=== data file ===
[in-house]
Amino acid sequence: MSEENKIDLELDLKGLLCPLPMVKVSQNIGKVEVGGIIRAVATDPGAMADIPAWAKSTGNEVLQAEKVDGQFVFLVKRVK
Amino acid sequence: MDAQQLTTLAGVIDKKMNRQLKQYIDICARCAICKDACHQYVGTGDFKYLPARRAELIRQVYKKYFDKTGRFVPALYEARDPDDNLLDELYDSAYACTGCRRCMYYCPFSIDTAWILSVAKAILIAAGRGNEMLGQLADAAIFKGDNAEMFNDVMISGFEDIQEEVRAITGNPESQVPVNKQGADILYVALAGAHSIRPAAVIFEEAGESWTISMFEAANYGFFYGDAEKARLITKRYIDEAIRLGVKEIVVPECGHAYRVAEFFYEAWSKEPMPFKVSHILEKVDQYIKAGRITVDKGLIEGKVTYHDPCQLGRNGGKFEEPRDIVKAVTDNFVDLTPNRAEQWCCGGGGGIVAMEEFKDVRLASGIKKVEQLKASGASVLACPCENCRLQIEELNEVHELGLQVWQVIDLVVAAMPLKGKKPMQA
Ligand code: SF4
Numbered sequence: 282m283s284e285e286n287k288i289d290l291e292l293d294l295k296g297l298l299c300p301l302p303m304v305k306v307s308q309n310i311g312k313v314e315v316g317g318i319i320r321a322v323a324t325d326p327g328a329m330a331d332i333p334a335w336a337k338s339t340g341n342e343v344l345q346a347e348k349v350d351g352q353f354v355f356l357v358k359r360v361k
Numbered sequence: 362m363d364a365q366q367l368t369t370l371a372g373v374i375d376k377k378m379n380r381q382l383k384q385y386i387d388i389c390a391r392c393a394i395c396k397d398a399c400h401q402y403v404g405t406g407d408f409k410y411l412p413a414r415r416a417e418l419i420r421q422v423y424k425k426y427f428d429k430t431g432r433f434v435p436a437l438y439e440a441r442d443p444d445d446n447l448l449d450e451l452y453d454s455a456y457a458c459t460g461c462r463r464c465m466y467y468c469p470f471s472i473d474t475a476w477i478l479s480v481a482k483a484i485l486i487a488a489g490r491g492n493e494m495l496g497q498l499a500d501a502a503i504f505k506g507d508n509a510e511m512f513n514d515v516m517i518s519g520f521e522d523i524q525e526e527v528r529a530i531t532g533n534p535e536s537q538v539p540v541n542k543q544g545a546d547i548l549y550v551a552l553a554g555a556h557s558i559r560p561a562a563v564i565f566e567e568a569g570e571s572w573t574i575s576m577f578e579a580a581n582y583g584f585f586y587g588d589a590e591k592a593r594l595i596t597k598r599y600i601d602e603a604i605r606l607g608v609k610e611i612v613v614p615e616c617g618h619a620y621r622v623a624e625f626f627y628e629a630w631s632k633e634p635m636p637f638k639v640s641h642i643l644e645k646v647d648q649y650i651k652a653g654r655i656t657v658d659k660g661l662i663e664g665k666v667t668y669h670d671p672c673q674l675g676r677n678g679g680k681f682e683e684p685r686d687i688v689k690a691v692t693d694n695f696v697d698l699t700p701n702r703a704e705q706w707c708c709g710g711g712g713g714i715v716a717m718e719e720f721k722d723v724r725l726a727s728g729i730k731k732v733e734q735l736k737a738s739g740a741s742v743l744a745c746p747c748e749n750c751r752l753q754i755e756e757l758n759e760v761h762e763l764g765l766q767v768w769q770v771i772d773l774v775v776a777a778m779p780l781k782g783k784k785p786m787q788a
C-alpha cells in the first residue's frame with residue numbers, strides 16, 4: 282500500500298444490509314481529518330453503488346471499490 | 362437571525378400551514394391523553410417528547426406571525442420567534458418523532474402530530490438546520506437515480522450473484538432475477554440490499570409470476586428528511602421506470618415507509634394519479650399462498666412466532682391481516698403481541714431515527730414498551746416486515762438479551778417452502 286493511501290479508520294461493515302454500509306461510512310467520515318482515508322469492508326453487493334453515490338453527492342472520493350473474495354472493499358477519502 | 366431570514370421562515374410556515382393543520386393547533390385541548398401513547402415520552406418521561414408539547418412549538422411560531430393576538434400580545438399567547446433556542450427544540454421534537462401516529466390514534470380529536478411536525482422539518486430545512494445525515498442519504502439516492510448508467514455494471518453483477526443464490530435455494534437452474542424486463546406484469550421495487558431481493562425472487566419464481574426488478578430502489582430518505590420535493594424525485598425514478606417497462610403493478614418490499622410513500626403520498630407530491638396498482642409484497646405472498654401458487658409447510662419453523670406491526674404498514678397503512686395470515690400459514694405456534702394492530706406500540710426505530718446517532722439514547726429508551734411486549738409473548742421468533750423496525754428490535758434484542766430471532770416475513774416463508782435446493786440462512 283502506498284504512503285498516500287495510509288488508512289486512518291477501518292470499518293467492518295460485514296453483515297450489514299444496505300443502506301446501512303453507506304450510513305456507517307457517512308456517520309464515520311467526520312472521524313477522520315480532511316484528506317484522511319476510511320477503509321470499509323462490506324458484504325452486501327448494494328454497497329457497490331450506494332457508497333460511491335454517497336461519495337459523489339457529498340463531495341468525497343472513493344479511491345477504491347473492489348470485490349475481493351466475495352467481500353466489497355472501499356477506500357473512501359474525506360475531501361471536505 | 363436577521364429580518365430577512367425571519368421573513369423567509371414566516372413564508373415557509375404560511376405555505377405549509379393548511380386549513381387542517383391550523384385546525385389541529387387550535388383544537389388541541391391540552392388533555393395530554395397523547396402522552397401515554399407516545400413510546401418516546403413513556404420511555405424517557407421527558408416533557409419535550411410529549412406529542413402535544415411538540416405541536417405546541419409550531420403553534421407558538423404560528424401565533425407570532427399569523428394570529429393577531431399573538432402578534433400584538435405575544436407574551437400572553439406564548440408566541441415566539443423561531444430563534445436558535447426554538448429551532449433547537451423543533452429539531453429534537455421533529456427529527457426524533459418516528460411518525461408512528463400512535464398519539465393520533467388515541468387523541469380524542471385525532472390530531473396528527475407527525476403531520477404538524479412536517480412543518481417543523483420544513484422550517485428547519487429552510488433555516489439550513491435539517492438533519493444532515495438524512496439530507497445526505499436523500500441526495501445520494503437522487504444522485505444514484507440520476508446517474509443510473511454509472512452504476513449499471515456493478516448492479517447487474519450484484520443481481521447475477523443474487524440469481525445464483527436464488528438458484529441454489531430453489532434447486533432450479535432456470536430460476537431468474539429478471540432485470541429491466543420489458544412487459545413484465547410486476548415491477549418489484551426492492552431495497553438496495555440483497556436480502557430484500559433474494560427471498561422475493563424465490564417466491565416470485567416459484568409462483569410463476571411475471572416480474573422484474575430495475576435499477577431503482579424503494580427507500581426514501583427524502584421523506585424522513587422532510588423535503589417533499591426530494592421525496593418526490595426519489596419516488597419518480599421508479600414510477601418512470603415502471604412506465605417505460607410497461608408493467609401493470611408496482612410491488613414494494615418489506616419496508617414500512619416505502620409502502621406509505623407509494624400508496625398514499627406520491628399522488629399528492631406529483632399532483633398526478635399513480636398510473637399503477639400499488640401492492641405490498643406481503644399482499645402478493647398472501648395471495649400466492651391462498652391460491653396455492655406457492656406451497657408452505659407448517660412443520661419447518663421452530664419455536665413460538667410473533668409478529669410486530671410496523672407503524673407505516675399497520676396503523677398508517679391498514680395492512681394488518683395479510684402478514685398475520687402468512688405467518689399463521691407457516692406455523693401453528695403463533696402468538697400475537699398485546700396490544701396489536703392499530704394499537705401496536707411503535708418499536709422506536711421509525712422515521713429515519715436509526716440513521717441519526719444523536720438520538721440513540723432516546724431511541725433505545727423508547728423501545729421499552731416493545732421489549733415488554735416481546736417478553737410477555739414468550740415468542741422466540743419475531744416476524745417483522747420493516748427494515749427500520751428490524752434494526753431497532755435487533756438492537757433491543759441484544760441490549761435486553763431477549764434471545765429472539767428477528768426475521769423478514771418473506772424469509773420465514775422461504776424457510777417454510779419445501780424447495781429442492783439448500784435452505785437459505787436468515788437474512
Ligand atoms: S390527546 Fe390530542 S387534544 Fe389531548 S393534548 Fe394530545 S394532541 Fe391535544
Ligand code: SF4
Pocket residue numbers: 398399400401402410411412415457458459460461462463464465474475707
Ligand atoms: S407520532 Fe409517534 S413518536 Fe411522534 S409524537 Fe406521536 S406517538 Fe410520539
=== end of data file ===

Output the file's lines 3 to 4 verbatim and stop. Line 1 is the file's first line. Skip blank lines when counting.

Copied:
Amino acid sequence: MDAQQLTTLAGVIDKKMNRQLKQYIDICARCAICKDACHQYVGTGDFKYLPARRAELIRQVYKKYFDKTGRFVPALYEARDPDDNLLDELYDSAYACTGCRRCMYYCPFSIDTAWILSVAKAILIAAGRGNEMLGQLADAAIFKGDNAEMFNDVMISGFEDIQEEVRAITGNPESQVPVNKQGADILYVALAGAHSIRPAAVIFEEAGESWTISMFEAANYGFFYGDAEKARLITKRYIDEAIRLGVKEIVVPECGHAYRVAEFFYEAWSKEPMPFKVSHILEKVDQYIKAGRITVDKGLIEGKVTYHDPCQLGRNGGKFEEPRDIVKAVTDNFVDLTPNRAEQWCCGGGGGIVAMEEFKDVRLASGIKKVEQLKASGASVLACPCENCRLQIEELNEVHELGLQVWQVIDLVVAAMPLKGKKPMQA
Ligand code: SF4